Five maps that show stark health disparities in Mecklenburg County

    Sharp differences in race and income are visible on a map of Mecklenburg County, generally in the familiar “crescent and wedge” pattern many Charlotteans are familiar with.   But differences are also available in other, more unexpected dimensions as well. These five maps illustrate some of the biggest disparities: In people’s health. 
  • In a Charlotte carport, an Indian family holds a traditional Hindu Fire Ceremony. Photo: Nancy Pierce

    Immigrants play a big role in Charlotte’s growth, new study shows

    Almost one in six Mecklenburg residents were born outside the U.S., and immigrants make an outsized contribution to the local economy and many key industries.  That’s according to a new study that highlights the substantial role immigrants are playing in Charlotte’s booming growth. Immigrants make up big chunks of the local STEM, construction and manufacturing labor forces,. And they’re far from a monolithic group, hailing from countries around the world. 
  • Camp North End, a former Ford factory, distribution center and missile factory north of uptown Charlotte that's being redeveloped for adapative reuse projects. Photo: Nancy Pierce.

    Should Charlotte do more to preserve its history?

    There’s been a lot of talk lately in Charlotte about the value of older buildings and what we should do to save them, spurred by the Excelsior Club’s possible sale and demolition. For a fast-growing city with leaders who have long been spurred on by the promise of more development and an ever-bigger, ever-shinier skyline, it can be hard to preserve the past. Charlotte has a reputation for tearing down its past to make way for the future, with casualties that include notable buildings such as the Masonic Temple, Independence Tower and Hotel Charlotte (imploded as part of a David Copperfield television special).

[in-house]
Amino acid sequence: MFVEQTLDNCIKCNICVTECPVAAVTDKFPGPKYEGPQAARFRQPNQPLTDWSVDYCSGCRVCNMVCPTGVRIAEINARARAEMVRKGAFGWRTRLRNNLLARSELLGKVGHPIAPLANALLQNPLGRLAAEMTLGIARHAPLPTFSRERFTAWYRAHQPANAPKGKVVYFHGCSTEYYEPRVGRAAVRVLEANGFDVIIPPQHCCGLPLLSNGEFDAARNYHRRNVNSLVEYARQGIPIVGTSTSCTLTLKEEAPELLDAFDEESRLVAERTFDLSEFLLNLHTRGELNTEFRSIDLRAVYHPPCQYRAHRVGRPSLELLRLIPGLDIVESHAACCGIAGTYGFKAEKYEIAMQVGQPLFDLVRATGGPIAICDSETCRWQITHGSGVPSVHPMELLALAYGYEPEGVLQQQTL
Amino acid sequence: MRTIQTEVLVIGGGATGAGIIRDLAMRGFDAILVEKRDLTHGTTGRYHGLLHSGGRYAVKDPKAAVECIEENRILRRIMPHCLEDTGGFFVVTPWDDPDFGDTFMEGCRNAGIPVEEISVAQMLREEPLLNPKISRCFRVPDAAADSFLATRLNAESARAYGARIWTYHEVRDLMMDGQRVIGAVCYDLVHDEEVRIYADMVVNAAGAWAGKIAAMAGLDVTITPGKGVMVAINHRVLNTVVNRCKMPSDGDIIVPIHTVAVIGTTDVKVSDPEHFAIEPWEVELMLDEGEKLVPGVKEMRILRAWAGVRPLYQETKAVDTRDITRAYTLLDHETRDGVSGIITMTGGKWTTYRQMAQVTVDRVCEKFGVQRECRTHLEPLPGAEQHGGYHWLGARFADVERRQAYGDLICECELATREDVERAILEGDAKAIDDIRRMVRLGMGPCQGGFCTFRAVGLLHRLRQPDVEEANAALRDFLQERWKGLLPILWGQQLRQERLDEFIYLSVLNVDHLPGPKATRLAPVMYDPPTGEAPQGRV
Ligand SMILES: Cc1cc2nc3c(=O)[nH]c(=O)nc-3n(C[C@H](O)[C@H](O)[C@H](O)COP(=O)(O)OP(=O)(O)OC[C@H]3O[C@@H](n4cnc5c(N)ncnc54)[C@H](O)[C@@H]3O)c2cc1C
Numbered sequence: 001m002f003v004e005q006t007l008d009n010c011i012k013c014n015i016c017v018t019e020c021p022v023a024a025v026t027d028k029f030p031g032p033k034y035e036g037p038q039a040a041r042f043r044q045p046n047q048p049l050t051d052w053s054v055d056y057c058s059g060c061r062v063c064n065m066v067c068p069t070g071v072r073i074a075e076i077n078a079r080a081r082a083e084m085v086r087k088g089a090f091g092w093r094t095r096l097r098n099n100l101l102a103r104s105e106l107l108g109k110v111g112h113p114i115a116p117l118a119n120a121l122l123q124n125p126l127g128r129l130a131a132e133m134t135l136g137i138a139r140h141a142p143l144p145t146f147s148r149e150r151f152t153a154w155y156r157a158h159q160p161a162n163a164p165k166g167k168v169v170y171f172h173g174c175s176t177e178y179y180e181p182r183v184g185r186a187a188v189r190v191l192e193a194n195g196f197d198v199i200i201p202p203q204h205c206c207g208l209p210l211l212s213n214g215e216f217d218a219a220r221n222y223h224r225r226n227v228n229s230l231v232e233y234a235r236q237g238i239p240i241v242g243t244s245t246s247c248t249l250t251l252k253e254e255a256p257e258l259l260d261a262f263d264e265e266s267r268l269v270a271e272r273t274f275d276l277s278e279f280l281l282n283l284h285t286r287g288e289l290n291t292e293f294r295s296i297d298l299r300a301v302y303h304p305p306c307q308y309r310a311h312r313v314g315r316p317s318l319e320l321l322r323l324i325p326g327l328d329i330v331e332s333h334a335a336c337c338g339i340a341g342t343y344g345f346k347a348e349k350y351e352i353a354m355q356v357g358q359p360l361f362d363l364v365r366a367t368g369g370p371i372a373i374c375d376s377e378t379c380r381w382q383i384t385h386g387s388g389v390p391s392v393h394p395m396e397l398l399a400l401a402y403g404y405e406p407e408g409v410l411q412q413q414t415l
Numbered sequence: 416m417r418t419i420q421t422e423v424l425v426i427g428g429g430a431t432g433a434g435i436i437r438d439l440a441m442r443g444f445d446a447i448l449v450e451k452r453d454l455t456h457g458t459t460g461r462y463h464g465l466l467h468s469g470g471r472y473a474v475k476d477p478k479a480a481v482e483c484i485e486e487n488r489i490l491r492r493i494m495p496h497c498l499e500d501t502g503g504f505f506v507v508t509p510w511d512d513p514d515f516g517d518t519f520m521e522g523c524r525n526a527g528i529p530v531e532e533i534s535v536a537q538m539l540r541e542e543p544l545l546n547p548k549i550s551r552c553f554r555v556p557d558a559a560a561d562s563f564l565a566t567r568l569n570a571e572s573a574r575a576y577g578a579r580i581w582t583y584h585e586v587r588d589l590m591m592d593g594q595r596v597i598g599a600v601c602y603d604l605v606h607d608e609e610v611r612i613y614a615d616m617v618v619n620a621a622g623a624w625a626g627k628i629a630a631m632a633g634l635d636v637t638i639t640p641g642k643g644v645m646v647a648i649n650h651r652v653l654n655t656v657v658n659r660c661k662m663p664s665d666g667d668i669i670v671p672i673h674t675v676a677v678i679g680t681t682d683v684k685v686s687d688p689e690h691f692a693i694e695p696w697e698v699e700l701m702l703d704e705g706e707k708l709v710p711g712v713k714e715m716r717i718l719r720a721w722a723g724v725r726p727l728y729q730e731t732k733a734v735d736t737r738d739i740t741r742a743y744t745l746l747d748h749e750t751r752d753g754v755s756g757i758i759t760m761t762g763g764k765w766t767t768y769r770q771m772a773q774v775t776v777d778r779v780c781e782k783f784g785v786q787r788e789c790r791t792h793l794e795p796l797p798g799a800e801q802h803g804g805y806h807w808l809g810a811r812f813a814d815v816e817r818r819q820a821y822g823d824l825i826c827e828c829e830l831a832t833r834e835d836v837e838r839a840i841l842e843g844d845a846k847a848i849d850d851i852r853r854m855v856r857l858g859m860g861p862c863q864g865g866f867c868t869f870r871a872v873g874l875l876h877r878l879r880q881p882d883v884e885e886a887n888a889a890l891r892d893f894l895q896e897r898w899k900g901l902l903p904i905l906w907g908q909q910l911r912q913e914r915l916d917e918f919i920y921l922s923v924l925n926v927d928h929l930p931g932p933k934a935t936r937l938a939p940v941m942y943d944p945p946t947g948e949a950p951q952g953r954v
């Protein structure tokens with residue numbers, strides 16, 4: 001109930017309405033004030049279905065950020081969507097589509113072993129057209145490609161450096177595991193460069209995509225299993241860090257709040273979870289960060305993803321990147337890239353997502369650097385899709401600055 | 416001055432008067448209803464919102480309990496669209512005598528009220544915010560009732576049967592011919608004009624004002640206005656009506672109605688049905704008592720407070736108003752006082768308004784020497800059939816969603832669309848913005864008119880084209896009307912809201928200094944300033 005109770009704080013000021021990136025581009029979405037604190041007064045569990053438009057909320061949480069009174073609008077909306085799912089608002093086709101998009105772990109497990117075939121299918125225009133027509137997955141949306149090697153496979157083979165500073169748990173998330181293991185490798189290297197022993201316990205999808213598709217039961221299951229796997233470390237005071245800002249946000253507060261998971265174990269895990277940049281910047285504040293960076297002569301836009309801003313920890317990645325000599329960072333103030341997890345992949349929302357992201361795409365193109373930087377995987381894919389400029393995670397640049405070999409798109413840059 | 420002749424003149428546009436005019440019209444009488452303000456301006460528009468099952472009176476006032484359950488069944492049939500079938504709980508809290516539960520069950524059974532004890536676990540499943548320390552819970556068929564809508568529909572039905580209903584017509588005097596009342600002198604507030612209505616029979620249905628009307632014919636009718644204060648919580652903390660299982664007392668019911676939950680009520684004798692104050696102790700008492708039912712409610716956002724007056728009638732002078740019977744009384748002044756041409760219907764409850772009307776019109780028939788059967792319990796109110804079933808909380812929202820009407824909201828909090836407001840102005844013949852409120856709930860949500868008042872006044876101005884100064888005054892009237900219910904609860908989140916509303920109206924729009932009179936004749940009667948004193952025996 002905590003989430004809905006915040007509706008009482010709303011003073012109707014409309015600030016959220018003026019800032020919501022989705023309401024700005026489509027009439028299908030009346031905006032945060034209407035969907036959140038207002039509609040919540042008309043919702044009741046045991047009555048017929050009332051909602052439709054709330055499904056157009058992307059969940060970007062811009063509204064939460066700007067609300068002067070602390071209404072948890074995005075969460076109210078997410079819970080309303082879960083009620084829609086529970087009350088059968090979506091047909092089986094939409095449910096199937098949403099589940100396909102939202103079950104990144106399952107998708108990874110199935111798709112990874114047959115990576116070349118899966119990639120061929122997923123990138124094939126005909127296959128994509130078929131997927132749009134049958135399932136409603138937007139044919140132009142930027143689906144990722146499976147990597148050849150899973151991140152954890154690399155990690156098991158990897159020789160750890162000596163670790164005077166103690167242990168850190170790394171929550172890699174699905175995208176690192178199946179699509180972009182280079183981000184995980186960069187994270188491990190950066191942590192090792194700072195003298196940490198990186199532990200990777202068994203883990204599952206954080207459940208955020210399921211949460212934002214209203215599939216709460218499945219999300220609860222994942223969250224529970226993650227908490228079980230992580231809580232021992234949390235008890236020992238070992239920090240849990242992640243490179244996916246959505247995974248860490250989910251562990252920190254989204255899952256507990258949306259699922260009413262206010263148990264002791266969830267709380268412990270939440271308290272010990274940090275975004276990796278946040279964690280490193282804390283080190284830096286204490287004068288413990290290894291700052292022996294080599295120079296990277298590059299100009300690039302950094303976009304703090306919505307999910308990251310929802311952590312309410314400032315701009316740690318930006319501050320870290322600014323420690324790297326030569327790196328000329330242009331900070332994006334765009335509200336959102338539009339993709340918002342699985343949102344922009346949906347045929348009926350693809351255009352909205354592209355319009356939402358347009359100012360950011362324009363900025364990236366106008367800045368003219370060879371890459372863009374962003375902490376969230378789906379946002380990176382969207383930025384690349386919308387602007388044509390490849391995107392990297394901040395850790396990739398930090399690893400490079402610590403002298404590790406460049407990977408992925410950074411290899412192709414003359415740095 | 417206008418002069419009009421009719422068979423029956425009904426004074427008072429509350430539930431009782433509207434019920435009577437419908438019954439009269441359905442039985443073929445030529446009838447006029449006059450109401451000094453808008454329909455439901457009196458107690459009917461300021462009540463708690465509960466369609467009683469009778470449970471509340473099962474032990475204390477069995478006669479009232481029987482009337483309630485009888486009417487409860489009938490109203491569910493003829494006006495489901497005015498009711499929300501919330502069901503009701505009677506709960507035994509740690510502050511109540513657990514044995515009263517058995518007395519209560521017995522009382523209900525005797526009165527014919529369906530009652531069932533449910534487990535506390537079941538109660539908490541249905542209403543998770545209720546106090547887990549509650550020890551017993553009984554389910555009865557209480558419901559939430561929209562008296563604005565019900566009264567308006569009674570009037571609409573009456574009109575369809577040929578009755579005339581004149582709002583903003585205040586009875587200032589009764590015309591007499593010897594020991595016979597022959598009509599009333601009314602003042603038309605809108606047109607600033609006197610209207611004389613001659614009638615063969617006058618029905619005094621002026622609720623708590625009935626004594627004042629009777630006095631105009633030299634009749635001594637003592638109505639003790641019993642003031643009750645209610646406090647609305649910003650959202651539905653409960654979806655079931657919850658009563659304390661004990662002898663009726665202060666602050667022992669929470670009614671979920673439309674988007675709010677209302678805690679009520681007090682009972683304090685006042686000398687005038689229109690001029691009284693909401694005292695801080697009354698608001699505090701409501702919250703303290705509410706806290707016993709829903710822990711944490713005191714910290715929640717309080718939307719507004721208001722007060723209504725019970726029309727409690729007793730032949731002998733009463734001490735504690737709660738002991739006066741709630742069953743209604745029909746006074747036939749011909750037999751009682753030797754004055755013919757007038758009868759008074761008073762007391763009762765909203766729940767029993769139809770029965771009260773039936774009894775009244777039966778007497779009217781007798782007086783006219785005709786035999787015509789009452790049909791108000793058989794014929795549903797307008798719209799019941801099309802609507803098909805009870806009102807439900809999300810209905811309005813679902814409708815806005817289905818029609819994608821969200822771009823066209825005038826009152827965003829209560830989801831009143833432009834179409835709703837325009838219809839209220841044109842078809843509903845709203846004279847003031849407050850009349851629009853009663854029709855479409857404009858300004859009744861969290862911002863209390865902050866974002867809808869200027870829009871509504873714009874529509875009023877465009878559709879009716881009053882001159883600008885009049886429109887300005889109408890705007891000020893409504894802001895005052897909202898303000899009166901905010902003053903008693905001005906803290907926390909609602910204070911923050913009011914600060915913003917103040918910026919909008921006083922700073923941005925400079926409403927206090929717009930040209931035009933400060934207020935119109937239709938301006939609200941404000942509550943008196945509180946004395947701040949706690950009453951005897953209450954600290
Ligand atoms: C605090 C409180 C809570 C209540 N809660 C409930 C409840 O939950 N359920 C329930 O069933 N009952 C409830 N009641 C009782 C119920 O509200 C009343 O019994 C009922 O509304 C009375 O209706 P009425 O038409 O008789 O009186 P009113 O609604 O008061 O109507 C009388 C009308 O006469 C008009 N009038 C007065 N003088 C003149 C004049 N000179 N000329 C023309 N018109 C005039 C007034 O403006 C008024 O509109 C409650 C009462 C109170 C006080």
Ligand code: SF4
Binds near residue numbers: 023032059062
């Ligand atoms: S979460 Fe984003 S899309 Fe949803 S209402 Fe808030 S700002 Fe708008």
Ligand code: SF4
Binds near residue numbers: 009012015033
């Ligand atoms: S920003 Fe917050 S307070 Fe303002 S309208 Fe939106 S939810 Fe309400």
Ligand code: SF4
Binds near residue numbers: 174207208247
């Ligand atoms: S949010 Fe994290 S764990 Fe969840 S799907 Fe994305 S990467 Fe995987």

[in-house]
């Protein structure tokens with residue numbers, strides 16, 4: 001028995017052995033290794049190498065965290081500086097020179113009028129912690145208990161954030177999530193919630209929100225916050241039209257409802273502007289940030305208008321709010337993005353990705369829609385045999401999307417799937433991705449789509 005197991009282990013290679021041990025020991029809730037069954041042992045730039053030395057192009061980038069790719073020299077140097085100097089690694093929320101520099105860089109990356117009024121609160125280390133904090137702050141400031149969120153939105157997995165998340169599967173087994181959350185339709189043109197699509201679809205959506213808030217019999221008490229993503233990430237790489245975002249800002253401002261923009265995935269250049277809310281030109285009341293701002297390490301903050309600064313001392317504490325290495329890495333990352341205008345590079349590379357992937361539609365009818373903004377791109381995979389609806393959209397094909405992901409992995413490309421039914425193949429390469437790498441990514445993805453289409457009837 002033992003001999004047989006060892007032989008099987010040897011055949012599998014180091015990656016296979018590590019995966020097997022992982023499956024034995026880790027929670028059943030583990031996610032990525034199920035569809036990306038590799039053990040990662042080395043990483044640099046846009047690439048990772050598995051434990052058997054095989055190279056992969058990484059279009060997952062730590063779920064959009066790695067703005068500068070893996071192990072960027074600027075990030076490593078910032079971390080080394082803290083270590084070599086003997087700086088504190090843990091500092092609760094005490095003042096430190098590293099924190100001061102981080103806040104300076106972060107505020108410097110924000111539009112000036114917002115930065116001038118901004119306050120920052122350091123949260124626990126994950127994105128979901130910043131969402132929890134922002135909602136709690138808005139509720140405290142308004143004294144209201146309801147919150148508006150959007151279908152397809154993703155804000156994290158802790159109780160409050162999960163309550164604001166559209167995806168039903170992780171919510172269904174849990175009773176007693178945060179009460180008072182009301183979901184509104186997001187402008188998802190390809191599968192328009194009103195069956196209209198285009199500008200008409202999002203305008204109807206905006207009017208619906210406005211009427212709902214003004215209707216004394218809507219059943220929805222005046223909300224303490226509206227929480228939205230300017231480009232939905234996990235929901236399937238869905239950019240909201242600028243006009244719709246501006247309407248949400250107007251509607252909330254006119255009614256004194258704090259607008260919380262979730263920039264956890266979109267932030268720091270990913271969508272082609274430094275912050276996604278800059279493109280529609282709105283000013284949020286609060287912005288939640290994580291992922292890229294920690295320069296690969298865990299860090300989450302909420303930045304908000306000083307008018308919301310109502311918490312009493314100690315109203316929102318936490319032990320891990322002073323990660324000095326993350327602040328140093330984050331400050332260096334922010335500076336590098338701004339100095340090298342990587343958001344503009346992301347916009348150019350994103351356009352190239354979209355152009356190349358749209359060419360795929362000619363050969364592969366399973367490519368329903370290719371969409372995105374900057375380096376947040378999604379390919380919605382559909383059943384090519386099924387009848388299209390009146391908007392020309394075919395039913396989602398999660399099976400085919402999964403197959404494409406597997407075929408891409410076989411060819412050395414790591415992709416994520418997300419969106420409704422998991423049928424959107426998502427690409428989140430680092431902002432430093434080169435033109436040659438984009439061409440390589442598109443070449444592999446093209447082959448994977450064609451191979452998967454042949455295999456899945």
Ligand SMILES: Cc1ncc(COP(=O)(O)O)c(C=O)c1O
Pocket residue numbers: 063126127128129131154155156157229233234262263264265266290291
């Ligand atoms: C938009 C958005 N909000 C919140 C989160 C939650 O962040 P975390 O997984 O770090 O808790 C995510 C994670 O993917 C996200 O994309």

• A Charlotte City Walk in the Belmont Neighborhood. Three structure demonstrate the changes in Belmont: From left: new affordable housing apartments, historic neighborhood music venue now a private residence, a new large house. These are on Harrill Street. Photo: Nancy Pierce.

    Want to know why developers are embracing walkable urbanism? Follow the money.

    Charlotte’s suburbs are starting to look more like urban areas, and a new study is pointing to the value to be gained from promoting walkable, transit-connected, urban-style growth. Real estate experts have said they’re responding to market pressure: Businesses, workers and residents want to get from home to work to dinner without spending big chunks of their day in a car, and suburban-style developments that cater exclusively to drivers no longer cut it. 
  • Volunteer interviews homeless residents for 2018 PIT count, Point-in-time Count, January 31. Photo: Peter Safir

    A new local racial equity analysis tool highlights disparities in homelessness

    According to local Point-in-Time Count data, 77 percent of people experiencing homelessness in the Charlotte-Mecklenburg Continuum of Care are black. American Community Survey data indicates that only 31 percent of the general population in Charlotte-Mecklenburg is black. This is just one of the major disparities in our local housing and homelessness statistics highlighed by a new tool.